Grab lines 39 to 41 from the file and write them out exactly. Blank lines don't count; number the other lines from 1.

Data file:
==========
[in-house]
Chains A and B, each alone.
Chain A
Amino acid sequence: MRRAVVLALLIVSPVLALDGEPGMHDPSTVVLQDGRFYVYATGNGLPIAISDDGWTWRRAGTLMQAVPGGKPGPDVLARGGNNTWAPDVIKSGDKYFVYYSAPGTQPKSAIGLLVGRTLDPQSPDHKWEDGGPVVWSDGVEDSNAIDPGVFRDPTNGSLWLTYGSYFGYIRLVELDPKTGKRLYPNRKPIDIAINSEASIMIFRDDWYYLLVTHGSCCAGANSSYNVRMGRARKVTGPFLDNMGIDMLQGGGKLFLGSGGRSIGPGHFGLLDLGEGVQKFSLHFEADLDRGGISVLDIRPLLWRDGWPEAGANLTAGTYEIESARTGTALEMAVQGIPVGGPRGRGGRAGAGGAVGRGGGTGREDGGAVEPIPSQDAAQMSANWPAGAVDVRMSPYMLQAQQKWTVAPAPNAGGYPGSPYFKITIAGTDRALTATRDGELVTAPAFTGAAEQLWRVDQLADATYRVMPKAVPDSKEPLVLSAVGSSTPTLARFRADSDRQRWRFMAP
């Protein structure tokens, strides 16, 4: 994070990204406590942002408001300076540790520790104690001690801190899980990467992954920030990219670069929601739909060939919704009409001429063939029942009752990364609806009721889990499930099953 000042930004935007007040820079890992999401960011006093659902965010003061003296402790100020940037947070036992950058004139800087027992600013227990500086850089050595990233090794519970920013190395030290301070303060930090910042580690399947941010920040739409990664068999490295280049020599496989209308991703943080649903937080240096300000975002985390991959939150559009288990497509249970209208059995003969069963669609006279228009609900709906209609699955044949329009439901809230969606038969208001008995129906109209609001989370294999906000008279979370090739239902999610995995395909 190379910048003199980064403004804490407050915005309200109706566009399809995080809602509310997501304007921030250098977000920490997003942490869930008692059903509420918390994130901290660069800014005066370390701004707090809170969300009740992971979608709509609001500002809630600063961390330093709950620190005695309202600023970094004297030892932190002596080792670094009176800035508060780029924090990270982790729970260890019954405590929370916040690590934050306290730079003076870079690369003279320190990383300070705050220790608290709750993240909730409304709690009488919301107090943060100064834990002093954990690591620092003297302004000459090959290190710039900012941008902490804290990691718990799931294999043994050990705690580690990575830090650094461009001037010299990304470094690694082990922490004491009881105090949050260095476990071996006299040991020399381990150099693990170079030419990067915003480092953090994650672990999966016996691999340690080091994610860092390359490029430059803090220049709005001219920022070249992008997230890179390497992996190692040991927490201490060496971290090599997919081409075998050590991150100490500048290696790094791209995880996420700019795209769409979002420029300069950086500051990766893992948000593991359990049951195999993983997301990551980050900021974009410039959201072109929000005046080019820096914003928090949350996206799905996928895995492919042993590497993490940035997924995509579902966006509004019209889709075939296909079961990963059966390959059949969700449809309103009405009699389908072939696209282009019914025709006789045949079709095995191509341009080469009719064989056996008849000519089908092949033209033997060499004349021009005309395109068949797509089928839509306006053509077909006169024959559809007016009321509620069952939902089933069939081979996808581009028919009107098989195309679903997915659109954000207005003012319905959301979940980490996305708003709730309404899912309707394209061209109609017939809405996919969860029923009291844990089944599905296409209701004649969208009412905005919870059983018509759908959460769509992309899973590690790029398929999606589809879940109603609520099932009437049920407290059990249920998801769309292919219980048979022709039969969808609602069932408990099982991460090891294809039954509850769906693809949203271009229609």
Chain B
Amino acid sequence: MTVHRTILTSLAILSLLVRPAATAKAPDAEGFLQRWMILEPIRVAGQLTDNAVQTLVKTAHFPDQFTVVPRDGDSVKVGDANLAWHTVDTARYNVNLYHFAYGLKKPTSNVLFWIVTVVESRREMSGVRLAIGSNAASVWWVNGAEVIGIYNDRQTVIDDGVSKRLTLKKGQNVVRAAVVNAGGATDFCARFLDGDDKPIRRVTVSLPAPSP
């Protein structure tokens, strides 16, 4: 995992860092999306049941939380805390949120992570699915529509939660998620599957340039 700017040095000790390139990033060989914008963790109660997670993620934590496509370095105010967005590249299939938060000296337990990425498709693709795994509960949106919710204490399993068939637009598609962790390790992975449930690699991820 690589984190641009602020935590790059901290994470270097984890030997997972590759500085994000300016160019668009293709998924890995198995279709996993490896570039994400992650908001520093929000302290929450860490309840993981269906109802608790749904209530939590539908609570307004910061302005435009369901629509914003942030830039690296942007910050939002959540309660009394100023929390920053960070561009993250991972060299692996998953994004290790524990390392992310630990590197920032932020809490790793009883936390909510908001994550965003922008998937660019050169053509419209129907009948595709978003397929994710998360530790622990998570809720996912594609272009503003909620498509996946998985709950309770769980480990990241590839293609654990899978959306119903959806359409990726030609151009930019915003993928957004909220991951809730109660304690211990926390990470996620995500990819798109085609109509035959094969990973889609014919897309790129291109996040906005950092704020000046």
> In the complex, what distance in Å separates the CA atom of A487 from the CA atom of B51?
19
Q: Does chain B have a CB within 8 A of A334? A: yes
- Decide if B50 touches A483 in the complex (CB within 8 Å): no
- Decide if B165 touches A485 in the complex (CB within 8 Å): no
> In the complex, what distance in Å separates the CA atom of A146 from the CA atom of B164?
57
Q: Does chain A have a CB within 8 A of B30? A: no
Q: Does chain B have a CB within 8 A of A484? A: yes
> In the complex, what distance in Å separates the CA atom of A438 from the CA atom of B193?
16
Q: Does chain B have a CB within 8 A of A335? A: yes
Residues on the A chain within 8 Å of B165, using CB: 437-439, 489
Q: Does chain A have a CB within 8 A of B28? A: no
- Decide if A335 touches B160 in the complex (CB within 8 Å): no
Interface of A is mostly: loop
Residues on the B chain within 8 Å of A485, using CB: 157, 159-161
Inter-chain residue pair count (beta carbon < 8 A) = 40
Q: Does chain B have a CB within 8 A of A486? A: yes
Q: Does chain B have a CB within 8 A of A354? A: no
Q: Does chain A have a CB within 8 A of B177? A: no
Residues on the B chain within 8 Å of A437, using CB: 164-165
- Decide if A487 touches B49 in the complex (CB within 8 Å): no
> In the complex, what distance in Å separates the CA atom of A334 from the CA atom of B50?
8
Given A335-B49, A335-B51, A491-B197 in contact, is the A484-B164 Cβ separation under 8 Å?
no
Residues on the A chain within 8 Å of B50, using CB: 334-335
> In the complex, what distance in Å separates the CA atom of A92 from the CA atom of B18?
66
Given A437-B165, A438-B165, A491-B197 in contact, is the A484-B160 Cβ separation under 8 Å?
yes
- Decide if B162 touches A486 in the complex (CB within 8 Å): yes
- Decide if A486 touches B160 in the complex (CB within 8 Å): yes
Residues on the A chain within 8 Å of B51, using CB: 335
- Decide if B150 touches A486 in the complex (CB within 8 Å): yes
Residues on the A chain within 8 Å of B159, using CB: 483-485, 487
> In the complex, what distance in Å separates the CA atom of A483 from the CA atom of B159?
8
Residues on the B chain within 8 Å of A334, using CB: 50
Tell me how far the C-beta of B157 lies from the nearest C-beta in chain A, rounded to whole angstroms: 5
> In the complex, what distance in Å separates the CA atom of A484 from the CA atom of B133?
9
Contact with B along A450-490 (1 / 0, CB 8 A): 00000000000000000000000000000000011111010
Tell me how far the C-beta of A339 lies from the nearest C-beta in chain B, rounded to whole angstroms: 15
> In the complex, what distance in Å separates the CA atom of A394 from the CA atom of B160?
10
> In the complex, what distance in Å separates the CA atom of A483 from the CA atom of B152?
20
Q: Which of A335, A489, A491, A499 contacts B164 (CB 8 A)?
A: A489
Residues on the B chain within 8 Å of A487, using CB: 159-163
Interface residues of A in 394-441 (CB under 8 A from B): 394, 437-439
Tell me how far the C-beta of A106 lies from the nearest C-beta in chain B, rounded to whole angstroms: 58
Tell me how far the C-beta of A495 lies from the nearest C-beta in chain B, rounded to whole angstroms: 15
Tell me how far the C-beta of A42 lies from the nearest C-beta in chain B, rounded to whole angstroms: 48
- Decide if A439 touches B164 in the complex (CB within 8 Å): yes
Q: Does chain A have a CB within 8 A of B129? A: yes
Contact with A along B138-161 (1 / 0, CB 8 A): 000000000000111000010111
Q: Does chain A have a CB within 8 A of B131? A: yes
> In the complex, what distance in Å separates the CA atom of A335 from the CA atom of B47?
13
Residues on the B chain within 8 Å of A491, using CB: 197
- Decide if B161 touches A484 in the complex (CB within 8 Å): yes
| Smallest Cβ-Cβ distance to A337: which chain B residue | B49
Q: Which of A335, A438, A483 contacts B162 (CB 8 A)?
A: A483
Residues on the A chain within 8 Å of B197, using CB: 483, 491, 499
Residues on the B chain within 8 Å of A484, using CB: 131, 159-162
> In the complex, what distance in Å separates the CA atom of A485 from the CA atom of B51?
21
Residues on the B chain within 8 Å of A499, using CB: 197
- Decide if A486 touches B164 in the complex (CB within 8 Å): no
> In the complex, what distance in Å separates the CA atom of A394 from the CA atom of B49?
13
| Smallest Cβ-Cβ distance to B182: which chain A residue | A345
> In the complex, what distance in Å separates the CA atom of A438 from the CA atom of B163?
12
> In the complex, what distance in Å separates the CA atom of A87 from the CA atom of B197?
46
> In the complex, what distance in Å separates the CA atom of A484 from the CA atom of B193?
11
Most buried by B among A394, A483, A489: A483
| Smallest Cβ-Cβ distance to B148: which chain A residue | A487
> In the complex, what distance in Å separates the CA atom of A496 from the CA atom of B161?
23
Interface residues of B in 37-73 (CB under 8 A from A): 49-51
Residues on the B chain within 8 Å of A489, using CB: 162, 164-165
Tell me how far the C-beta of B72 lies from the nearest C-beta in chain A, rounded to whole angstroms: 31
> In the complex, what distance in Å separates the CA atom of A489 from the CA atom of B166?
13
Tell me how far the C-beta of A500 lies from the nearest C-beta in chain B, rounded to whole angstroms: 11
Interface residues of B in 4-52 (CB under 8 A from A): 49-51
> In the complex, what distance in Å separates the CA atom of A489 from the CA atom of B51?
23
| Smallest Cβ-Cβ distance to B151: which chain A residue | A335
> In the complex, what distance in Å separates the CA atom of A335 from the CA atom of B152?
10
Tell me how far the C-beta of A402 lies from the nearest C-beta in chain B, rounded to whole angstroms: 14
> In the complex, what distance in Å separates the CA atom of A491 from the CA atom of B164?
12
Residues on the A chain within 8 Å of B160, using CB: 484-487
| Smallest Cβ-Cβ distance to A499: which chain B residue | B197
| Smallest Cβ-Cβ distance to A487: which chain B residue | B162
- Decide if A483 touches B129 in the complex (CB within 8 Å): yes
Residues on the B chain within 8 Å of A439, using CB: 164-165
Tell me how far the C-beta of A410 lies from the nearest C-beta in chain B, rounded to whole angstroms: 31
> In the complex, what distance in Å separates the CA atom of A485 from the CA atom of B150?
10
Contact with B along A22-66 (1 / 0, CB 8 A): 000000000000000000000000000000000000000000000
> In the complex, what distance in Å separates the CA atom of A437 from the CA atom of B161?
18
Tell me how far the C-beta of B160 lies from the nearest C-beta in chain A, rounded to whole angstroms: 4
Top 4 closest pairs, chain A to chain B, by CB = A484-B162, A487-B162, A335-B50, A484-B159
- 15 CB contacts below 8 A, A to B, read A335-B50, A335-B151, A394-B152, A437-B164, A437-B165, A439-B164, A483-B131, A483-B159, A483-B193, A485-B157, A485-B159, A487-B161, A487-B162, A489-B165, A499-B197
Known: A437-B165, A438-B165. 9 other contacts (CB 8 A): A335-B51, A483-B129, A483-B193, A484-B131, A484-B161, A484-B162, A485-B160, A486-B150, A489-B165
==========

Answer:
Given A437-B165, A438-B165, A491-B197 in contact, is the A484-B160 Cβ separation under 8 Å?
yes
- Decide if B162 touches A486 in the complex (CB within 8 Å): yes